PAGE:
Lithium, the white hope of Argentine mining

In the context of a mining industry with modest productive performance and poor image, lithium stands out as the great non-metallic promise and, if all the projects in dance are materialized, Argentina will increase its current production capacity ten times in 2024 and will have definitively consecrated as the first global producer. One of the keys to this promised prosperity is the strong profitability of the ventures, which require a tenth of the investment and a faster recovery than others, such as gold and silver.

That projection corresponds to the Chamber of Mining Entrepreneurs (CAEM), which today does not waste optimism. The sector was favored by the controverted decision in the dawn of the macrista administration to remove the retentions, later partially restored to alleviate the fiscal straits.

The industry today regrets the lack of firm rules that continue to suspend long-conceived ventures that could catapult the current US exports from the current US $ 4,000 to US $ 10,000 million.

“Argentina does not have a mining development plan and it is not a country eligible to invest” by foreign investors, Roberto Cacciola, from Minera Santa Cruz. “Institutionality is key for the long term,” warns the Economist, Gustavo Bosch, executive director of that entity.

However, exploration in different metals has been growing in the last two years, slowly but steadily. Perhaps because in this segment the costs are low, while the exploitation costs are relatively high. In order to contain them, the companies worked on a “competitiveness agreement” that tries to reformulate the wage regime, extending the working day and reducing the rest time. But they did not find political conditions to formalize it yet.

A fact that the entity provides publicly illustrates the picture: Chile exports mining products for 40 billion dollars a year, ten times more than Argentina. A gap that is not explained by geological but strategic political reasons.

In this horizon there is a shining star that belongs to 20% of the local mining activity, the non-metallic one. Argentina integrates with the Trans-Andean country and Bolivia the triangle of lithium for the wealth of its salt flats and today has the third proven reserve in the world. As a brooch, local lithium has less impurities than Chile and is open to private activity, which in some way facilitated exploration: since 2015 the exploratory budget has increased by 928%.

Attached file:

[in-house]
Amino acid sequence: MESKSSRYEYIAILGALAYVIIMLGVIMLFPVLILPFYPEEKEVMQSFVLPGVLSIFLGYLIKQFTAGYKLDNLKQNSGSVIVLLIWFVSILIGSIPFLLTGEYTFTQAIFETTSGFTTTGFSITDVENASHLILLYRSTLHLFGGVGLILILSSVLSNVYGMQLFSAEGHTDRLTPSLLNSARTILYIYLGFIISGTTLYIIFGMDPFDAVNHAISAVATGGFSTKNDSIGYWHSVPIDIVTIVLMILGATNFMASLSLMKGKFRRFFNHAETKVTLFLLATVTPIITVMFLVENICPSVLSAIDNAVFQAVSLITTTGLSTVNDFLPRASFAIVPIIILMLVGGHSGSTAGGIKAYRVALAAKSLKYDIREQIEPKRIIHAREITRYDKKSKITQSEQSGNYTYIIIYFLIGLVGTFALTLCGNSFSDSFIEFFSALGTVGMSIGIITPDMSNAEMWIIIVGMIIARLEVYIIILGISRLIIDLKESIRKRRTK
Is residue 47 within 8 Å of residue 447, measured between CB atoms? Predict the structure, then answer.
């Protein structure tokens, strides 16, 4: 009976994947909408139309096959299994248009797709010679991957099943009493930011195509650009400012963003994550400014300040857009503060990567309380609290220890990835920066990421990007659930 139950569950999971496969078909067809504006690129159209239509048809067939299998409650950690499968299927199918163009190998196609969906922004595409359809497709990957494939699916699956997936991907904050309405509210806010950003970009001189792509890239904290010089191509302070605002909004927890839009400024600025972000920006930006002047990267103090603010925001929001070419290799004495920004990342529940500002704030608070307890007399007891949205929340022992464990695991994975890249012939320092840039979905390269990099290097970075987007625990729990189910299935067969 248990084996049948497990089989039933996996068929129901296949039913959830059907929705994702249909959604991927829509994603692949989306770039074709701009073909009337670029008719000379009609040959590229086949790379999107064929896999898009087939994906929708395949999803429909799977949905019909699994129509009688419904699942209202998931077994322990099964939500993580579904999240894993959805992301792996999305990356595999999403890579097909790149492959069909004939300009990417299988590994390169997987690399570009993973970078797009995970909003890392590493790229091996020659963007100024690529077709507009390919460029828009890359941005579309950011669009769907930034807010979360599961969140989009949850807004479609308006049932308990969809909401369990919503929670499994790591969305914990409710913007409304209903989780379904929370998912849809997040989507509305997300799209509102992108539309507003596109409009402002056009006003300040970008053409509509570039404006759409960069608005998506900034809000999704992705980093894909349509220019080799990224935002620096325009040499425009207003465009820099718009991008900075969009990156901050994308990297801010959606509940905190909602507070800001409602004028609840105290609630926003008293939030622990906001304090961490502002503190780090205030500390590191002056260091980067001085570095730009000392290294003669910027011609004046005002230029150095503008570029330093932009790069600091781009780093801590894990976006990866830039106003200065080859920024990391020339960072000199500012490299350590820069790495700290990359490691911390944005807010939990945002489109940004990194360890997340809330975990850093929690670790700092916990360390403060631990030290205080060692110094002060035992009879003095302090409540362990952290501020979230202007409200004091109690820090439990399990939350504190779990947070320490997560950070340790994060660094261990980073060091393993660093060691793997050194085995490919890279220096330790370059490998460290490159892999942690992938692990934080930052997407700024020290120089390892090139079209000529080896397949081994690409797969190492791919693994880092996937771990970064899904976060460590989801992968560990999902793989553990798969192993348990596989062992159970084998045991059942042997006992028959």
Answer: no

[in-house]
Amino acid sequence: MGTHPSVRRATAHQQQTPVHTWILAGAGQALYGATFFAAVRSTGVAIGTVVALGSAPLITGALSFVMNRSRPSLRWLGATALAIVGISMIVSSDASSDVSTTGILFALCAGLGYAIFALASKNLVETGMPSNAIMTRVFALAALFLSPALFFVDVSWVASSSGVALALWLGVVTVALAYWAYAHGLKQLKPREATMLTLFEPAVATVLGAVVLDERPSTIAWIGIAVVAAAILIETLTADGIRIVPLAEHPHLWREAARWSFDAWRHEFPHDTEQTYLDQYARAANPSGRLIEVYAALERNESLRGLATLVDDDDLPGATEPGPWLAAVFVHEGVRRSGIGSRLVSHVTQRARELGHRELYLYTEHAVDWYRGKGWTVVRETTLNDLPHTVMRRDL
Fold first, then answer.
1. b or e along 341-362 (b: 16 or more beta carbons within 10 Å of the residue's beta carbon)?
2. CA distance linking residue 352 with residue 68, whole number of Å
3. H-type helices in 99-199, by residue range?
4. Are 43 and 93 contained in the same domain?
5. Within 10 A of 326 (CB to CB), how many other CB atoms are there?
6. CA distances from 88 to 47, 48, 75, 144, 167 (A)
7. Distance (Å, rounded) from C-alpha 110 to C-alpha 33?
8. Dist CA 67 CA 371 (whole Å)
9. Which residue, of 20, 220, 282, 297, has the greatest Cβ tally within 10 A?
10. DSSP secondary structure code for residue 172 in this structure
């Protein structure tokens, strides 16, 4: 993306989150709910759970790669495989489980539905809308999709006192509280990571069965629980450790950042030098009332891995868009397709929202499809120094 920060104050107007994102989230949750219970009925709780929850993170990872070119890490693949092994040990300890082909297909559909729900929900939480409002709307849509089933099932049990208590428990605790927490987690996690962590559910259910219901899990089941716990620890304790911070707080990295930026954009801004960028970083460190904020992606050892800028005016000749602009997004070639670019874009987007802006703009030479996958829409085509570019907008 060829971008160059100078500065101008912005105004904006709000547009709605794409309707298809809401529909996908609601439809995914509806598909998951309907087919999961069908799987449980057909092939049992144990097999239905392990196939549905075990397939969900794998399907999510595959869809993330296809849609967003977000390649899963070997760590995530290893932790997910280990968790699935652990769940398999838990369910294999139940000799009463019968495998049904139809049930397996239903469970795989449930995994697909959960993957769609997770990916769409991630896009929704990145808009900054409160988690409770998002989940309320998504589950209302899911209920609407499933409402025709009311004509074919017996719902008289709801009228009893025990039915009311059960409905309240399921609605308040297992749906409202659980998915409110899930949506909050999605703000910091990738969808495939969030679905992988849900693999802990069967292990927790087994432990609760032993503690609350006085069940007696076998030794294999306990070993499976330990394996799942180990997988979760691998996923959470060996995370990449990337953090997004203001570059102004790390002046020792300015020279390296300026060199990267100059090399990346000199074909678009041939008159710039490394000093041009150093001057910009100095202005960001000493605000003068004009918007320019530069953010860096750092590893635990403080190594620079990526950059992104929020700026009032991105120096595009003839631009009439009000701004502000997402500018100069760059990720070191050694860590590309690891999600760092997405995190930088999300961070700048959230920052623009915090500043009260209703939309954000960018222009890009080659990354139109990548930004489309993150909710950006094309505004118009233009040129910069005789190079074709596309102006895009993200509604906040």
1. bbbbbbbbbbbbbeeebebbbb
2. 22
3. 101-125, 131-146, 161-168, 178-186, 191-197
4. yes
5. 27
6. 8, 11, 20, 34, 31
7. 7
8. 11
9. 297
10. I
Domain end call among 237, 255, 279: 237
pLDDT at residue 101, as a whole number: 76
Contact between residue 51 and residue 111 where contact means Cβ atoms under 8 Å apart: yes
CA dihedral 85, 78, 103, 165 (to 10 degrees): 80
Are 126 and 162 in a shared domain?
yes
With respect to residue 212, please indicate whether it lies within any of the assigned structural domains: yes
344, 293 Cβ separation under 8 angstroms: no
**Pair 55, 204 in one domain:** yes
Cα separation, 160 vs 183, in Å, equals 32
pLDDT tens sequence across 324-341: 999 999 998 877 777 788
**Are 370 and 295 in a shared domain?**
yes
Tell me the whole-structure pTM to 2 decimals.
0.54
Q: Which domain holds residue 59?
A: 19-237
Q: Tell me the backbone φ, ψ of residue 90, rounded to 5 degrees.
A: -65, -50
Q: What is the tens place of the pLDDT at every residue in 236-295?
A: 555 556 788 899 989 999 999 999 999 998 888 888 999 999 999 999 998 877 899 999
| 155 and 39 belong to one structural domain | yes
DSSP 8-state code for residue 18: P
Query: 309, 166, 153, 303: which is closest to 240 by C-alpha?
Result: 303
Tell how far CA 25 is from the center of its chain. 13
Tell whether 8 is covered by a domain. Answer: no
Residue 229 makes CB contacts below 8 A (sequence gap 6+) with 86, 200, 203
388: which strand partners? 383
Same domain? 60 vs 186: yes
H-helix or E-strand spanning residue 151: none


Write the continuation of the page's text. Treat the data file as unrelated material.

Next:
Unlike metals, it is not a commodity. There is no fixed world price, since this arises from particular transactions subject to large fluctuations. Last year, China came up with stock and then suspended operations: the product skidded 40% from a peak of just over US $ 12 thousand per ton.

That uncertainty, however, does not make a dent in what seems like a good business. The average export price last year was around US $ 9,000 per tonne of lithium carbonate and, according to informal estimates by industry entrepreneurs, the total costs hardly exceed US $ 6,500.

While a large metal project requires an investment of around US $ 3,000 million to develop, one lithium can be solved with US $ 400 million. It is not a strictly extractive activity but an industrial process driven by a demand that promises to grow geometrically in the world, basically in the hands of electric cars.

According to estimates managed by that employer, the sale of cars with this combustion grows at a rate of 12.6% per year and each car requires at least 1.6 kilos of lithium, against the 18 grams that a tablet demands. The new mobility is the great bet to produce a material that abounds in the northern provinces.

Today there are only two projects consolidated and in production. The Salar de Hombre Muerto in Catamarca, exploited by Minera del Altiplano (FMC Lithium Corporation) and Jujeño de Olaroz, operated by the Toyo Sucho and Orocobre company. Caucharí will begin to produce in the coming months and there are 9 of the 23 exploratory projects in an advanced situation, which shape concrete opportunities. Among them the Catamarca Tres Q, Liex S.A, subsidiary of the Canadian Neolithium. He already enlisted the pilot plant and now he needs to spend $ 395 million to develop it. “The problem is financing and the resolution of the electoral calendar,” says his spokesman, the geologist Roberto Lencina.